Fintech Media Training 101: Three Tips to Nail Your Next Interview


The right earned media coverage can be a game changer for your business and a key factor in achieving this begins with mastering the art of the interview.

For many fintech executives, interviews can be a bit intimidating – especially when it’s up to you to speak on behalf of your entire company. The good news is that serving as an effective spokesperson is a coachable skill. As an agency, we have had the opportunity to train hundreds of executives and there are a few tips that go a long way toward ensuring that an upcoming media interview converts into great media coverage:

 Do your research. The reporter is going to research you and your organization, so you should do the same. Take some time to read prior articles written by the reporter with an eye toward certain topics or themes that tend to recur in their work. This can help predict the types of questions or story angles that a reporter may tend to favor. You should familiarize yourself with the media outlet and its readership/viewership. Ultimately, any information you share should speak to them and their unique business opportunities and pain points. Your value as a source is based on your ability to provide a reporter with relevant content to craft their story.

Deliver key messages. Before the interview even takes place, work with your media relations team to ensure you are fluent in articulating your organization’s key messages and strategic value proposition. Unless it’s a profile piece on you or your organization, most media interviews will skew informational rather than promotional. The best spokespersons are ones who come across as relaxed and natural. Know them, rehearse them, and repeat them.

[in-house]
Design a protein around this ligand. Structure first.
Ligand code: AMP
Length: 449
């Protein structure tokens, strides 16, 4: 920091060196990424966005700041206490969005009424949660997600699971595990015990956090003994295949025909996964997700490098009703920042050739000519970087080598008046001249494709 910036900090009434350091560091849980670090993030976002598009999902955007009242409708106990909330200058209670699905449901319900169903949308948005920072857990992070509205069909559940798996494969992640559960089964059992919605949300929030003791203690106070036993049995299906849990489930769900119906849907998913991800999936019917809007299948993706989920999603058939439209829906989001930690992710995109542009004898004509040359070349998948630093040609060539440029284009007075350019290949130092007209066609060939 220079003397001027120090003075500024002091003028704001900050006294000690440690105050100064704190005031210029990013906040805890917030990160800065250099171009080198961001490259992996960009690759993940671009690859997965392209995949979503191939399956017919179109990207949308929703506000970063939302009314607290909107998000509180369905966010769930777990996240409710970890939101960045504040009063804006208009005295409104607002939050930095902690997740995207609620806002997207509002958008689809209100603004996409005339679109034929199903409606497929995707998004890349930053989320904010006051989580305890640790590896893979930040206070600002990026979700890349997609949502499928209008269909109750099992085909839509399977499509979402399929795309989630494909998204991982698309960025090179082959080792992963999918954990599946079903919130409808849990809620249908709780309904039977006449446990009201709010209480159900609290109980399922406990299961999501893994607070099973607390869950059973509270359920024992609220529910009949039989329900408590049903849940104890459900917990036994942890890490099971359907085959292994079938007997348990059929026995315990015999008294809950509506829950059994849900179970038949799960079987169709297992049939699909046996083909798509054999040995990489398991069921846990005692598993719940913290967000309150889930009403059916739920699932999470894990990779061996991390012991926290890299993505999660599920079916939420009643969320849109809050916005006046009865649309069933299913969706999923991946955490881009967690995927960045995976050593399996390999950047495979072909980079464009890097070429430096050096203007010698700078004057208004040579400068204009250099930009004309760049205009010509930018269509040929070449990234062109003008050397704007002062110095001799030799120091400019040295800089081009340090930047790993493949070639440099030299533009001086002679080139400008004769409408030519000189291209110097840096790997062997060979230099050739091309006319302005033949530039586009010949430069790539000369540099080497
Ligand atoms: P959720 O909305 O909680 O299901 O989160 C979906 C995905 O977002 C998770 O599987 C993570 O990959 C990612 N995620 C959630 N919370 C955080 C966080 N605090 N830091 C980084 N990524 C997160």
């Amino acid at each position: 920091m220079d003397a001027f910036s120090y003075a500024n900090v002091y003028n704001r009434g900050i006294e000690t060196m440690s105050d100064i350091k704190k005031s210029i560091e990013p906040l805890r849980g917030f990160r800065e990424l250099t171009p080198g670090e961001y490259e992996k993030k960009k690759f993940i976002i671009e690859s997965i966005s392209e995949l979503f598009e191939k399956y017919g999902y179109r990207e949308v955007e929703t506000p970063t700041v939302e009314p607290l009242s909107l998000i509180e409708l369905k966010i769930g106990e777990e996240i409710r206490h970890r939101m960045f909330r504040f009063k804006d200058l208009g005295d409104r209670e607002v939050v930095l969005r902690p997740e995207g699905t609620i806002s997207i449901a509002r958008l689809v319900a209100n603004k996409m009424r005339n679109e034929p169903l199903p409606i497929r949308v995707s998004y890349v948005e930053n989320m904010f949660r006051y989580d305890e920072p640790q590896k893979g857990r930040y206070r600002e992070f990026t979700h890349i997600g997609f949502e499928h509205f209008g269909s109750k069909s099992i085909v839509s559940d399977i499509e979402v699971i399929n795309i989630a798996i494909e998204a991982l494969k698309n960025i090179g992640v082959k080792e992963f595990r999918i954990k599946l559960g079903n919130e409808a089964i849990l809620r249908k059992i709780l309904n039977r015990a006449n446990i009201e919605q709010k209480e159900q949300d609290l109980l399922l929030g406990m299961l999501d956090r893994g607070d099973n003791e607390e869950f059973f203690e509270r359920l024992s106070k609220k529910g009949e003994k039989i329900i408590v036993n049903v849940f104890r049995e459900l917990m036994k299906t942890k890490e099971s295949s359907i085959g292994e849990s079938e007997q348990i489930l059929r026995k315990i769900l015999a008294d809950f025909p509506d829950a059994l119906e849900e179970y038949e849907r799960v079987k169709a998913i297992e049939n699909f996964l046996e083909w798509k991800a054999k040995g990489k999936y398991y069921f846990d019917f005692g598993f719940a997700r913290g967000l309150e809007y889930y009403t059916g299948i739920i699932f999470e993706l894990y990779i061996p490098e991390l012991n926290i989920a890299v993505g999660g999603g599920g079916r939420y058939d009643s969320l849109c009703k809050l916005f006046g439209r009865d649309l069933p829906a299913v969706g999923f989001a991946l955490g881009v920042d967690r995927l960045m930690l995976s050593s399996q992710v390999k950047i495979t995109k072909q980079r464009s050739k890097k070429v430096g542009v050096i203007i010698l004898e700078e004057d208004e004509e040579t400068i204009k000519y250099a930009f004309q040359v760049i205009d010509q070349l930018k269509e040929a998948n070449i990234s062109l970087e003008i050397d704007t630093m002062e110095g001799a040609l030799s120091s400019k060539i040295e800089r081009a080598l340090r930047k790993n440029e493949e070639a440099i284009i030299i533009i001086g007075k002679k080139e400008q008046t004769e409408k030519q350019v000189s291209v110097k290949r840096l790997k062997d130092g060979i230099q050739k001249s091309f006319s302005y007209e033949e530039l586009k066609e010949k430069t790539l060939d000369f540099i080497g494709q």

Prepare for different interview styles of reporters. As with any profession, different reporters have different approaches to how they handle interviews, and it is often based on their own personal level of experience in the industry. You may have the opportunity to work with a journalist who is new to the industry you’re in; or an adversarial reporter who has a strong opinion; or an interviewer who is skilled at drawing out more information than may be wise to share. It’s important to learn how to gauge what type of reporter you’re dealing with and prepare for each one-on-one scenario. Once the interview begins, regardless of the type of reporter you’re dealing with, politeness and good manners go a long way.

Generally speaking, the better prepared you are for an interview before it happens, the more successful you will be. A well-designed media training plan is a great investment and a good public relations agency can offer best practices to help transform your executives into more effective spokespersons.

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